Consequently, ecosystem teams find a lot of friction when trying to do any of the actions highlighted before. For example, OpenGov was introduced in Kusama around November 2022 and Polkadot around June 2023. Ecosystem teams often see it as complex. When Moonbeam implemented it, the team spent a fair amount of time understanding the voting mechanisms and deciding on appropriate approval/support curves. There was a huge amount of engineering work with no clear guidance. Implementing it created a lot of overhead for the engineering team and product, developer relations, community moderators, and other Moonbeam community members.
At the time of writing, the now-named Polkadot-SDK has had approximately 150 releases since August 2019. While some of them are relatively small, there have still been three releases per month since the first one! The pace isn’t the problem; rather, the lack of guidance and clarity comes with these regular releases, forcing devs to catch up constantly.
Many ecosystem teams (especially parachain developers) experience a common pain point: the engineering overhead generated when trying to stay up-to-date with Polkadot-SDK releases. For smaller teams, this impedes innovation, as most of their engineering resources are dedicated to staying current with the latest releases.
Moreover, many PRs often have misleading labels that don’t necessarily assess the impact of a specific feature on parachain teams. The Moonbeam team has been impacted by this multiple times. For example, a PR to Polkadot related to OpenGov introduced an unexpected change in Kusama that affected many parachains. Nevertheless, this PR was labeled as having a “Low” impact.
Hackathons are one way to bring new developers to the Polkadot ecosystem. In 2023, Polkadot hosted approximately 16 hackathons with at least nine different partners.
Polkadot has relied on external partners like AngelHack, DoraHacks, EasyA, EncodeClub, HackerEarth, OneBlock+, and others to organize hackathons. These partners do well on the execution front. Still, there is a lack of technical understanding of Polkadot to distinguish it from every other blockchain and coordinate all ecosystem teams under a unified hackathon theme that can result in a successful event. Moreover, they must coordinate with each ecosystem team separately, creating a lot of overhead when organizing a Polkadot-related hackathon.
Throughout 2022 and 2023, PaperMoon (through Moonbeam) participated in many Polkadot-specific hackathons, which lacked clear guidance and cohesion from a technical perspective. Hackathon organizers, in conjunction with hackathon execution partners (mentioned before), did not do a good enough job on topics, either focusing on generic topics that are seen in many other blockchain ecosystems like “Smart Contracts” or “NFTs” or technically complex and niche topics like “Runtime building.”
In Polkadot, it is quite common that feedback to the core Polkadot/Substrate developers is given either through GitHub or, in some cases, the Polkadot Forum. Moreover, feedback is somewhat unidirectional, meaning that the ecosystem participants provide some feature request often addressed or incorporated based on its relevance and alignment with the overarching development goals, without a continuous dialogue or iterative exchange between core developers and ecosystem participants.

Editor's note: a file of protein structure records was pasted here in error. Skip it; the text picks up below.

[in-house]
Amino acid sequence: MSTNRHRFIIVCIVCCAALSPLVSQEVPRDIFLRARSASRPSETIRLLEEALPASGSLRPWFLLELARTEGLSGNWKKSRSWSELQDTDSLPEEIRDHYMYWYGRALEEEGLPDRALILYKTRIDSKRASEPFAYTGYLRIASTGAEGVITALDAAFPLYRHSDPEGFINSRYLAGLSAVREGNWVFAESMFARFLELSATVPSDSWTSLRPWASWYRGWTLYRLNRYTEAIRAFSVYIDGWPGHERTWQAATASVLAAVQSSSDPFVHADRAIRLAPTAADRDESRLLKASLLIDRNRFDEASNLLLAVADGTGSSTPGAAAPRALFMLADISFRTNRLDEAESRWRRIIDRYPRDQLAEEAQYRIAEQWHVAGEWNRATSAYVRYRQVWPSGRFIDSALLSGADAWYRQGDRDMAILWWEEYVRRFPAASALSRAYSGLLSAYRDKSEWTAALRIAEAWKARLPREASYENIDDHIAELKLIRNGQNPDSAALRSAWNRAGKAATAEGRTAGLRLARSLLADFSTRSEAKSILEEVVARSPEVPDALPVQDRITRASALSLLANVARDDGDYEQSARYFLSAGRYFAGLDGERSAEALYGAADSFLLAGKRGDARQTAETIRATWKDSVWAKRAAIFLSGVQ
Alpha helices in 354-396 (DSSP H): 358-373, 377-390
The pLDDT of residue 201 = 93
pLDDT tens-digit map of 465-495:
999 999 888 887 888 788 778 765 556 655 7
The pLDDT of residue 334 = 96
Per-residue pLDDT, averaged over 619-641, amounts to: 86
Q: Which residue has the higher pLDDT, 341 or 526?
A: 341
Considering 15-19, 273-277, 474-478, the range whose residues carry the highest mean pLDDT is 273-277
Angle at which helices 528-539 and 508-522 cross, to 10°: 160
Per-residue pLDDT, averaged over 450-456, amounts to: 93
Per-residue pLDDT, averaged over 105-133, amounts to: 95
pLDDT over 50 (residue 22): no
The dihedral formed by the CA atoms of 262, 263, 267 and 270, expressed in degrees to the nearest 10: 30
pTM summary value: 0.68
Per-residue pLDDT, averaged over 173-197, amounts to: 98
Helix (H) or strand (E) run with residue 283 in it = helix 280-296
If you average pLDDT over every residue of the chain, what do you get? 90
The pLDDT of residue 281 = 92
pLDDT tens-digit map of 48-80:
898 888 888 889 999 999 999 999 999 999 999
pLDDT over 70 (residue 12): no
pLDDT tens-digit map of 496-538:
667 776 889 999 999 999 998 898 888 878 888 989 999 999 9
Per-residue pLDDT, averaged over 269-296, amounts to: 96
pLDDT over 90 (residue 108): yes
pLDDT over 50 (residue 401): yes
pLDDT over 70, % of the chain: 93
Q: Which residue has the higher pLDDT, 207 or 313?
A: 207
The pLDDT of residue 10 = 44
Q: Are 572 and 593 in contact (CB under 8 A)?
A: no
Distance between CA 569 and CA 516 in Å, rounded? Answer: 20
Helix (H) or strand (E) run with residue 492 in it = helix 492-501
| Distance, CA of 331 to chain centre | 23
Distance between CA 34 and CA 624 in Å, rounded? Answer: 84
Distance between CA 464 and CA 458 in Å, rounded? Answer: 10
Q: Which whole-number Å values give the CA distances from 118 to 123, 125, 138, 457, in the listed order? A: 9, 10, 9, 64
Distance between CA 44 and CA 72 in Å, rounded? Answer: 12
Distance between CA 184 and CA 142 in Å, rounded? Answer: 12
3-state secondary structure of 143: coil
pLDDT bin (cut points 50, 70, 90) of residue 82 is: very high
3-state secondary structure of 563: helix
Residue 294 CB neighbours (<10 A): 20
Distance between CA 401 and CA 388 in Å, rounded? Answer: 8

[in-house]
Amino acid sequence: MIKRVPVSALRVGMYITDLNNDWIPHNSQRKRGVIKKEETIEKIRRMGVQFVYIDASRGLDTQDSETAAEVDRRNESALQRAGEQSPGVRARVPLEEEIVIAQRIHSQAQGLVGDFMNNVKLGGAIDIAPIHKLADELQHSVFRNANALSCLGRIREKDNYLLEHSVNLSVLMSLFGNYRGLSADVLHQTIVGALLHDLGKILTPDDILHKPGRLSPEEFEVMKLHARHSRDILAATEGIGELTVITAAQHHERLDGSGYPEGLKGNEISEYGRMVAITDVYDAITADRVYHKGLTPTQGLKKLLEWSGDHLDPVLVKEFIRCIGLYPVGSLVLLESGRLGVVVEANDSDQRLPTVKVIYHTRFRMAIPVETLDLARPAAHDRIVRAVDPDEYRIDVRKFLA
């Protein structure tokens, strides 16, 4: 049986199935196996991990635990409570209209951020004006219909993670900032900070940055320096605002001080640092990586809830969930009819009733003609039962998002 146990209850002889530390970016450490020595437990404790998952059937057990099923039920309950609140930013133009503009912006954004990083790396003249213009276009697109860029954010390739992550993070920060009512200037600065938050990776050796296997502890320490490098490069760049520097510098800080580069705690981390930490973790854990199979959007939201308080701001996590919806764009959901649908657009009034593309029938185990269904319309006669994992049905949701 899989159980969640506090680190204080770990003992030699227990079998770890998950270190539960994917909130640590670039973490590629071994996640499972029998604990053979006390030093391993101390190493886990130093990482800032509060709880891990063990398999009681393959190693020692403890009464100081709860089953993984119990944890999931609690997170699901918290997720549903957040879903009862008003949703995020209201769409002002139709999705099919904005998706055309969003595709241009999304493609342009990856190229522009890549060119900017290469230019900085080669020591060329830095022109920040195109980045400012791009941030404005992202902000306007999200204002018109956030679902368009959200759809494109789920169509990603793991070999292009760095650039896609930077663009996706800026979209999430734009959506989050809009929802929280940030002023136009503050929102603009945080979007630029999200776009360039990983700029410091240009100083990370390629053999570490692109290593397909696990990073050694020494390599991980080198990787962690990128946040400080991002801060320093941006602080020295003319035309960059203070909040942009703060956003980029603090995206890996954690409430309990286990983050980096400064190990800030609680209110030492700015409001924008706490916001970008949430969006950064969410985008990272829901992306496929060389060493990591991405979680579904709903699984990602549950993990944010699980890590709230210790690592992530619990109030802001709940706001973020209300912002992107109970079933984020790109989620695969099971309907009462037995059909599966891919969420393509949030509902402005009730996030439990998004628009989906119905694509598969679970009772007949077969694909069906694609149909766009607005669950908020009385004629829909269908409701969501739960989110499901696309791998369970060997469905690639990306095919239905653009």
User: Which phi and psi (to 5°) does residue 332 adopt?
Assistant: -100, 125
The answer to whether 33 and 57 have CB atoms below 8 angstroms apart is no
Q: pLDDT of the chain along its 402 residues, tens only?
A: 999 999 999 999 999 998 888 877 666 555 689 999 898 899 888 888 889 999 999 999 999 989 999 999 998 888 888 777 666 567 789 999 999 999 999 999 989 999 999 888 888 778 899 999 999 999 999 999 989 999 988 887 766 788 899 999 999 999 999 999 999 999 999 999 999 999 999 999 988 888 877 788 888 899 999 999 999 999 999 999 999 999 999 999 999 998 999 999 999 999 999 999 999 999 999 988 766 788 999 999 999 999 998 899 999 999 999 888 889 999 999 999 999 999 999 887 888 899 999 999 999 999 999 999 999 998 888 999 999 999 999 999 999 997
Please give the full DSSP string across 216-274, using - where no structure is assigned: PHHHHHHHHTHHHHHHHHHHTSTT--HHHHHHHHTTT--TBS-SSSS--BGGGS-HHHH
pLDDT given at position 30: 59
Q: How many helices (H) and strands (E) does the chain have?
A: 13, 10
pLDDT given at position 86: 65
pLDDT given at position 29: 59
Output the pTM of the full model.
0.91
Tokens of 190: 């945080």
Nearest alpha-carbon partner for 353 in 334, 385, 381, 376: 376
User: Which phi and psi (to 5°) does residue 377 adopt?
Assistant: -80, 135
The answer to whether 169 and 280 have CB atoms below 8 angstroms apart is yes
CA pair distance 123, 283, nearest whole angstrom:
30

While these feedback channels work, they heavily impact the speed at which the ecosystem can evolve, limiting the reach and real impact that feedback can have. It also creates a recurring problem: ownership of ensuring that feedback is received and handled.
Furthermore, there needs to be more prioritization of what is needed from the ecosystem developer’s perspective. This harms the adoption of key Polkadot-specific technologies like XCM.
As outlined above, developers’ challenges when building in the Polkadot ecosystem call for a comprehensive and tailored solution.
To tackle the identified issues, PaperMoon will establish a dedicated team of DevRel Engineers. This team (Ecosystem DevRel) will address the challenges described above, always focusing on the ecosystem team’s perspective.
The team will prioritize the following key areas.
The Ecosystem DevRel team will develop comprehensive documentation (or revamp/repurpose existing ones) around key features and how ecosystem teams can interact. This includes features (but is not limited to) such as XCM, Asynchronous Backing, Core Times, OpenGov, and more.
To do so, the Ecosystem DevRel team will do a combination of active and passive outreach and connect with ecosystem participants on an ongoing basis to understand the status of the ecosystem from their perspective and to prioritize what features need to be documented based on demand. In collaboration with the W3F technical educators, this documentation can be hosted in the Polkadot Wiki so that it is coherent with ongoing structure and can benefit from things like SEO and Polkadot’s reach.
With this strategy, on the one hand, the active outreach mechanism ensures that the Ecosystem DevRel team is constantly reaching ecosystem participants to inquire about the new features they want/need to be documented. Conversely, the passive mechanism ensures that the ecosystem participants and core protocol developers can request certain features to be documented or submit updates to the documentation.
The Ecosystem DevRel team will use established communication channels with ecosystem teams so that the tools they create can be shared broadly with other teams building on Polkadot. In addition, all tools will be well-documented, and the DevRel team will ensure the documentation is always up to date.
To do so, and similarly to the point before, the Ecosystem DevRel team will use multiple channels to empower teams to showcase new tools so that the Ecosystem DevRel team can work on documentation for it.
Like before, the Ecosystem DevRel team will operate a passive and active mechanism for this documentation, ensuring that up-to-date documentation does not necessarily require ecosystem teams to reach out or submit the PRs themselves. The team will be responsible and accountable for maintaining the documentation up-to-date as long as the tools/scripts work.